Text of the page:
Can I see your ID?

credit_card_transaction_paul_burns18 March 2015


A major retailer just called me this AM. Theme of conversation is that the industry is creating a “perfect storm” for issuers in acceptance.  While LoopPay is very secure (because of Visa/MA tokens, phone ID, and transaction counters), the existence of a commercial grade mag stripe emulator in the hands of “bad guys” will create a little chaos… particularly when the cashiers think nothing of consumers (or fraudsters) waving their phones at the POS.

While both Visa and Mastercard have set rules that prohibit merchants for asking for IDs in a contactless EMV transaction (EMV), LoopPay (Samsung calls it MST) muddies the waters as it uses the phone to talk to the magnetic reader of the payment terminal. MST transactions are magstripe transactions which merchants are (and have always been) allowed to ask for IDs. Merchants can make the case that they have no idea which is which, and they have no way of “prohibiting” either, thus they must assume that it requires them to treat as something that requires them to validate (signature).

Let me see if I can list the different acceptance methods (looking for input into what I miss)

Acceptance Options


Add to this list Token authority (Tier 1, Tier 2, Visa, Mastercard, TCH, Bank, …) and TSM for GSM style NFC and we have quite a complex mess. The good news is that issuers have control over where their cards are presented.. Problem is that there are many new “exploits” which can be attacked by very well funded fraudsters.

Normally, all of this seems to put pressure to update and lock down your payment terminals. But merchants don’t bear any costs for POS fraud where they have validated signature/ID… it moves to the banks. How can Banks force merchants to lock down terminals? The incentives are very complex.. so complex that it may mean “can I see your ID” happens in every case.  So much for mobile making things easier.

In EMV transactions, issuers are normally in control of when PIN is required.. In mobile  there is no physical payment instrument (card)  for the cashier to validate signature … so when they ask for ID what do they validate against? (ie no embossed card with your name on it). This means issuers will naturally like PIN for mobile. In the US consumers don’t know their PIN (for credit cards)..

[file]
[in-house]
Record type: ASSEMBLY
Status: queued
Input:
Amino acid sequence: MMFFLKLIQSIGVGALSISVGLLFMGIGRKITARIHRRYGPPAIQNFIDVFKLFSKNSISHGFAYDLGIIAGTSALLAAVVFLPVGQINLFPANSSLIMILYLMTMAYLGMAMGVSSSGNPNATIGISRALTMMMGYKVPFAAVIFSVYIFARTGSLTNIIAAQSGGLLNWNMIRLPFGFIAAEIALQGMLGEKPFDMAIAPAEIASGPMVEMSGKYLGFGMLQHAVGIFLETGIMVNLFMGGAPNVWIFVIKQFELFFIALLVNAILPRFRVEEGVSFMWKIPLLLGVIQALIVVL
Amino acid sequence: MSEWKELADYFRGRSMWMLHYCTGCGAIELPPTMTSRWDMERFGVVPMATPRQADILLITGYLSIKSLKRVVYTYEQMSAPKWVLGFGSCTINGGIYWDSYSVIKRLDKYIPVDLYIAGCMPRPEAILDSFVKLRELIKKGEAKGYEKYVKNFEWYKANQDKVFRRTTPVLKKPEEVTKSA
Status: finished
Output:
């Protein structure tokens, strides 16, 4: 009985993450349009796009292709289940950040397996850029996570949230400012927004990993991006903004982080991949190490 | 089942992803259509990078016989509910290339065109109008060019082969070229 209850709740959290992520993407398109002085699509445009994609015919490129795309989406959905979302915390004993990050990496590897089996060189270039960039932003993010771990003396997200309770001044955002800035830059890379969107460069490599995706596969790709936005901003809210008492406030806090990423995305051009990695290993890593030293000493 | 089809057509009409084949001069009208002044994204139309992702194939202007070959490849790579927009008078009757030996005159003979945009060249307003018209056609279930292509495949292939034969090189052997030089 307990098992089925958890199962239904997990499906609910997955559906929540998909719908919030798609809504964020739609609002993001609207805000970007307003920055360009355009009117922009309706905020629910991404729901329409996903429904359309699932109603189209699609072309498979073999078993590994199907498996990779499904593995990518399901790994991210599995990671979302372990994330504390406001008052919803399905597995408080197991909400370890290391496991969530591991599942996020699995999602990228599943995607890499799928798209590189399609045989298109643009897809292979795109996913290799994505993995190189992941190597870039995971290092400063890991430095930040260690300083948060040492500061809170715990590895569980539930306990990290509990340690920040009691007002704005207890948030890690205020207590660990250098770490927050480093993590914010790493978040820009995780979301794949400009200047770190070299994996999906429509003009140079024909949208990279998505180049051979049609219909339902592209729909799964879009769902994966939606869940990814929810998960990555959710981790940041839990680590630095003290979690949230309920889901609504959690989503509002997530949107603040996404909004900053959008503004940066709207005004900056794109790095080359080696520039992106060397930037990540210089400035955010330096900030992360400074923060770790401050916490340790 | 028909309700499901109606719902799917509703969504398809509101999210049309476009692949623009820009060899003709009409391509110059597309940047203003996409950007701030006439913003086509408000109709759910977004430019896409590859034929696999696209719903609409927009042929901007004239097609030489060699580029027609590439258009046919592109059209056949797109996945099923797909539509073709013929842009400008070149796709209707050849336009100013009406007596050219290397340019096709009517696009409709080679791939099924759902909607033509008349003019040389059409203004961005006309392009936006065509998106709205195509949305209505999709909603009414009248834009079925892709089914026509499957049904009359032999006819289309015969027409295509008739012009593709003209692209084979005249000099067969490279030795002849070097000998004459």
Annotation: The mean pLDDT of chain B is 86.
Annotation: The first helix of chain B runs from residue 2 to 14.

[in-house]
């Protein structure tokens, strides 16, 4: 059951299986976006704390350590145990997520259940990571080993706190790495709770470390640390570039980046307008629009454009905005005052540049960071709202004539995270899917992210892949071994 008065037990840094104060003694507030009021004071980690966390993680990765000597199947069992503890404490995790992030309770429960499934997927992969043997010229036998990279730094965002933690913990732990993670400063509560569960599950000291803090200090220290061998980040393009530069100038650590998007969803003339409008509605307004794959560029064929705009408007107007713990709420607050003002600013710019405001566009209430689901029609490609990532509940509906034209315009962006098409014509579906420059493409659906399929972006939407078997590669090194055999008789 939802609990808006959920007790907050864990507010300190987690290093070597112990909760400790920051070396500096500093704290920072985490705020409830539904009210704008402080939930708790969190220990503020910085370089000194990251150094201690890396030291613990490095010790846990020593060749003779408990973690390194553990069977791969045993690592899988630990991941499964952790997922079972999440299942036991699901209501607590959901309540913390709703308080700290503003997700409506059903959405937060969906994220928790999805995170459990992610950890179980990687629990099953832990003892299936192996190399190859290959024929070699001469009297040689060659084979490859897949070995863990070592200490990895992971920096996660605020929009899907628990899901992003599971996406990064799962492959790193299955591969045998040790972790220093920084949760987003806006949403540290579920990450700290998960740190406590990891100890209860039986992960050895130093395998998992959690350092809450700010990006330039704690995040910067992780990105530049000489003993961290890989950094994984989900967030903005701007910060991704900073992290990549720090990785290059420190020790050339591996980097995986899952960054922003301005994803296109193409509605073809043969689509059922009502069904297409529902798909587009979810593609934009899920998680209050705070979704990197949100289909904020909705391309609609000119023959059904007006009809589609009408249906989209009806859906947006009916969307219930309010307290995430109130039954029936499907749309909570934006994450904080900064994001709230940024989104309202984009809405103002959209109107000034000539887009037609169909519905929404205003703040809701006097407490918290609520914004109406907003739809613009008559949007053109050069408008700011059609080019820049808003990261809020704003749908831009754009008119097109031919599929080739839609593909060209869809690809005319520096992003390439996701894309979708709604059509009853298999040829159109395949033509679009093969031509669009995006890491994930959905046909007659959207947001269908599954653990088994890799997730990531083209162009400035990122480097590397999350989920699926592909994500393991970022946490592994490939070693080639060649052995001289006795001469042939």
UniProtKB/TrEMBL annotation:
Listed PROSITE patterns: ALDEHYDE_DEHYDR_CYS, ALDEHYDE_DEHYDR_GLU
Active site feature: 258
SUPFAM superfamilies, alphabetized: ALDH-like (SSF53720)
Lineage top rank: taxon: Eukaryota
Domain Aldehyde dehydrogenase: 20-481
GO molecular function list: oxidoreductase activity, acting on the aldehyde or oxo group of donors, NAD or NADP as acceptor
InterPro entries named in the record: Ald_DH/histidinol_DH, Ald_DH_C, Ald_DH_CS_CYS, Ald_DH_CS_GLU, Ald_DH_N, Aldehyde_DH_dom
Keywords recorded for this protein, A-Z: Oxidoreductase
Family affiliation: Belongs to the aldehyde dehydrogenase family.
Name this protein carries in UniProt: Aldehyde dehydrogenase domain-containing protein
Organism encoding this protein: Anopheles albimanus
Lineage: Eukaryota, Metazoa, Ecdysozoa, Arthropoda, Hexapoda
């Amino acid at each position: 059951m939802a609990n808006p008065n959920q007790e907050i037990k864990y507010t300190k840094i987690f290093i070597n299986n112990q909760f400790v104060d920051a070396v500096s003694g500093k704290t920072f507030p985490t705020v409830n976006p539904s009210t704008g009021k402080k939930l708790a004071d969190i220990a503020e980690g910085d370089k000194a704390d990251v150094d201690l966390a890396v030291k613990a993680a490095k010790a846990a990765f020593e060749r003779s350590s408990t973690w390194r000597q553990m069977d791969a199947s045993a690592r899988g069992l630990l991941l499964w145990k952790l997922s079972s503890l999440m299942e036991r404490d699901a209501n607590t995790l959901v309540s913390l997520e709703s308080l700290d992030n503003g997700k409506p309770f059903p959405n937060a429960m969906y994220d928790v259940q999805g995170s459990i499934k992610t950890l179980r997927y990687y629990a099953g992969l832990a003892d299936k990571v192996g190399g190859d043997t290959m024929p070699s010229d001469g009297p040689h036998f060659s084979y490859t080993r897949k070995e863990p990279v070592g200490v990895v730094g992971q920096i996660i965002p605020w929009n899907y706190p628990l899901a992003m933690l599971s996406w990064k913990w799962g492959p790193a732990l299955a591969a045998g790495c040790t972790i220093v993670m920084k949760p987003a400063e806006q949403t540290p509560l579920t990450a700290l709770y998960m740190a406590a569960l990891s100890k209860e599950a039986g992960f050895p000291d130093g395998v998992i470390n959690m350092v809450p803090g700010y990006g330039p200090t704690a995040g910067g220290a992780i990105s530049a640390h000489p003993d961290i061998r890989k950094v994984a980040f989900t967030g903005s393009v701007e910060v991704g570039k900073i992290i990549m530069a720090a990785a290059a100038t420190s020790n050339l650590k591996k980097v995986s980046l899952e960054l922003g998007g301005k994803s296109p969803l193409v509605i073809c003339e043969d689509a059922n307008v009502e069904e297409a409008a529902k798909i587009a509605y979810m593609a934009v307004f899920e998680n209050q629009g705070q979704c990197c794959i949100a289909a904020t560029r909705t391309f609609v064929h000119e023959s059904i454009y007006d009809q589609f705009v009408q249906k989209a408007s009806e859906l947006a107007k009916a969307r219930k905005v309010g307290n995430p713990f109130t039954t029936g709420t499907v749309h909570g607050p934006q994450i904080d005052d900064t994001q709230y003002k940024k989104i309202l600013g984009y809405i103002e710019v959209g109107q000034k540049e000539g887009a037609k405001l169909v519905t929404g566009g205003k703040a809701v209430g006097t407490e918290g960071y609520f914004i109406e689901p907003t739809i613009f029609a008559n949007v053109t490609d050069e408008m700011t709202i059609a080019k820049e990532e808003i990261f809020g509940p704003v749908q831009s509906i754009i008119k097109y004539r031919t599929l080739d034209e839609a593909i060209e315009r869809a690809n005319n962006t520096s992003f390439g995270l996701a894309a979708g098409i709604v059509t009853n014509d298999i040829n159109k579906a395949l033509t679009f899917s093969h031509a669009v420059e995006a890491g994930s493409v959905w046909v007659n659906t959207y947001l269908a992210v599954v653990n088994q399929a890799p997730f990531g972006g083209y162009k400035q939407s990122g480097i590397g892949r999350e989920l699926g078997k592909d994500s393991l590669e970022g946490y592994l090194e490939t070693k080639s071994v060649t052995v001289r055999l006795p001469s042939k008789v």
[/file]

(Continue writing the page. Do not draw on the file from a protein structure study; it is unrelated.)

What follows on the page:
This is just too confusing.. lets just say small issuers will have a very challenging time adapting here, while the big issuers will maintain a substantial advantage. This is the normal course of [big] bank fraud strategy:  if a bear comes to your campsite you don’t have to be faster than the bear.. just faster than the slowest fellow camper (small banks)

7 thoughts on “Can I see your ID?”

  1. Tom, what do you think about biometrics like ID validation for eCommerce/mCommerce and good-old brick&mortar stores?
    Yeah, like in “Minority report” with Tom Cruise when customers didn’t have to carry cards or any gadgets with them. Looking at Facenet by Google it seems like inevitable in near future.
    Although I’m sticking to voice print as more robust and infrastructure independent biometrics.

  2. Tom, Paydiant’s solution is based on tokenization, presented in form of QR codes. They are low value tokens — a new one is issued for every transaction.

    With regards to your observation about EMV/PIN — if a card is validated correctly during the provisioning process, a mobile wallet can serve as a much more secure channel to transfer credentials to POS when compared to a physical EMV card because of:
    Device fingerprinting
    Touch ID/PIN to access the app
    And the inability for a fraudster to capture PAN from a physical lost card to use for online transactions where PINs are not required